In a world where time is money, working professionals are more stressed out today than ever before. This phenomenon disproportionately affects entrepreneurs. While 7% of the general population experiences depression and some level of burnout, an overwhelming 50% of entrepreneurs report feelings of burnout. In recent years, many have used the term burnout to describe feelings of emotional exhaustion in the business world and academia. However, what does burnout really mean and why are entrepreneurs susceptible to this problem?
What is burnout?
Coined in 1974 by Herbert Freudenberger, burnout refers to “a depletion or exhaustion of a person’s physical or mental resources attributed to his or her prolonged, yet unsuccessful striving toward unrealistic expectations, internally or externally derived.” There are two main types of burnout: circumstantial and existential. The former is the result of challenges in the workplace, neglecting one’s personal life, not taking time off work. On the other hand, individuals with existential burnout struggle with a loss of meaning in their job, deteriorating relationships with colleagues and clients, and a lack of self-worth.
Why does burnout affect such a large number of entrepreneurs? Entrepreneurs often lack concrete safety nets and deal with high levels of uncertainty. Indeed, a common saying in Silicon Valley is that 90% of startups fail within the first two years. Furthermore, entrepreneurs can be obsessive and have a hard time separating themselves from their work, often conflating their failures with their self-worth.
In 2018, Harvard Business Review surveyed 326 entrepreneurs to determine their level of burnout. The survey measured participants’ job passion, job fit, beliefs surrounding work, and their level of burnout. The survey measured two types of passion: harmonious and obsessive. Individuals driven by harmonious passion work hard because their job brings them satisfaction. On the other hand, people motivated by obsessive passion work hard because they are worried about social acceptance, money, and status.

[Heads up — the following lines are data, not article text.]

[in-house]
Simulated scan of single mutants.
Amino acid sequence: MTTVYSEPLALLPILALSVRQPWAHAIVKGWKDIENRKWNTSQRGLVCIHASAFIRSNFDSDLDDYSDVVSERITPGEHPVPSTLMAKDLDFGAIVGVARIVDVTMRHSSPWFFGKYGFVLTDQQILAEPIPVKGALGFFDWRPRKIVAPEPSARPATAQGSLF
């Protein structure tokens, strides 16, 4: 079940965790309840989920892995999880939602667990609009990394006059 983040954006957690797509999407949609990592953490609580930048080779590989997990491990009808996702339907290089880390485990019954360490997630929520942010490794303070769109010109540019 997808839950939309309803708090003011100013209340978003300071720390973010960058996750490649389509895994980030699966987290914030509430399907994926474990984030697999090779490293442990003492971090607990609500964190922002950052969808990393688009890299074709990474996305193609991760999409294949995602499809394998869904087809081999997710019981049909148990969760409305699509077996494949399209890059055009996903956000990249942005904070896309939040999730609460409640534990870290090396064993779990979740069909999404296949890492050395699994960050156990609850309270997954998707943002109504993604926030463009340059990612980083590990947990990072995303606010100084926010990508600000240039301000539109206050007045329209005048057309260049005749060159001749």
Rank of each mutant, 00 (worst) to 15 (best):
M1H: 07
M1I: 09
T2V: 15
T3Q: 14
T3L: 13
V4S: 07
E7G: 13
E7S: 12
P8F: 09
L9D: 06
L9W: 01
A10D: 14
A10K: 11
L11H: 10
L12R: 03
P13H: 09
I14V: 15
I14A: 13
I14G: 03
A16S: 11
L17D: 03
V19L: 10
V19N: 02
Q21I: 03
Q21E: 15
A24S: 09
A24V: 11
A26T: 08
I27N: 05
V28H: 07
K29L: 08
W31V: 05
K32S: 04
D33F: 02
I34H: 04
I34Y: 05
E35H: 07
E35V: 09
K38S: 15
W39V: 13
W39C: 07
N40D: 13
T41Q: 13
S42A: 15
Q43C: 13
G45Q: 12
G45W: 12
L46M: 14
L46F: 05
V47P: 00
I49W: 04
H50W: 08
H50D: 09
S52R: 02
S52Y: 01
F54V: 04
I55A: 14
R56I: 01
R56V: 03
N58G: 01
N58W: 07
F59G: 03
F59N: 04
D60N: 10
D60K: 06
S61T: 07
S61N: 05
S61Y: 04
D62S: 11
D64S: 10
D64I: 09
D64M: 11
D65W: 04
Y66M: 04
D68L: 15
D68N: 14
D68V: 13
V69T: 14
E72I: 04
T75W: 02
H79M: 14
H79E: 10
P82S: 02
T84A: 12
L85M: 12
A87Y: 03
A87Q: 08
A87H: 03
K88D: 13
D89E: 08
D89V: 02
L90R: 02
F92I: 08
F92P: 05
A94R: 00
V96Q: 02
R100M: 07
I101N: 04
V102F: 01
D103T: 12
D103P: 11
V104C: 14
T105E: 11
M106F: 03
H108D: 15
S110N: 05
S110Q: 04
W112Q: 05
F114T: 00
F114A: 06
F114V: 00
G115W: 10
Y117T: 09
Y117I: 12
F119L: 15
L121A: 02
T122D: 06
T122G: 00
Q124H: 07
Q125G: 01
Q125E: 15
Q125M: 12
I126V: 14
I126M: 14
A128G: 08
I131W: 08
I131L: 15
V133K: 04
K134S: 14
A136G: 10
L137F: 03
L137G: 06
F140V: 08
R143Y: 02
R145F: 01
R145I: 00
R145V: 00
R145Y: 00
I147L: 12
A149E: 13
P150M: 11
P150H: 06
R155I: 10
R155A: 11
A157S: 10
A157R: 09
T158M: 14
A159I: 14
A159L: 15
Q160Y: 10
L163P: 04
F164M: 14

The link between passion and burnout
Researchers observed a strong relationship between job passion and burnout. Entrepreneurs who experienced high levels of harmonious passion reported being more focused and absorbed by their work, yet also likely to take breaks. Conversely, obsessively passionate founders reported difficulty focusing because they were often preoccupied with the responsibilities they neglected in their dogged pursuit of money and social status.
Burnout is a major threat to the health of entrepreneurs and other working professionals. In addition to stress and emotional exhaustion, individuals suffering from burnout are more susceptible to illness and at a greater risk of developing heart disease. Therefore, knowing what we do about burnout, how can we prevent it?
When running a business, there are many steps a founder can take to alleviate burnout. One such measure is assigning and dividing up responsibility among employees to prevent any one employee from feeling overwhelmed. Another important step is for entrepreneurs to allow themselves and employees time off. Taking breaks and occasional vacations allows professionals to recharge and mitigate the effects of burnout. Lastly, to combat burnout it’s important to respect employees’ personal lives. Respecting employees’ boundaries can take many forms, whether that be flexible scheduling or no work emails after a certain hour. Together, these steps help to decrease the stress and exhaustion many working professionals confront on a daily basis.
Overall, to overcome burnout it is essential to reject the notion that we must work tirelessly and sacrifice our personal lives in order to be successful. This kind of thinking is counterintuitive and leads professionals to develop an unhealthy relationship to work. Although the idea of a work-life balance is not sustainable for many people, when running a business it’s vital to have a strong set of external values. Spending time with friends and family is equally important to the success of an entrepreneur as working hard. Having a social life and a strong support network outside of work helps entrepreneurs recover from setbacks and to not conflate their failures with their self-worth. Therefore, while there is no perfect solution to deal with burnout, by taking concrete action entrepreneurs can lessen its harmful effects and lead happier and more stress-free lives.
Do you believe burnout to be a good or bad thing? Leave a comment below with your thoughts!
This article was originally published on GREY Journal.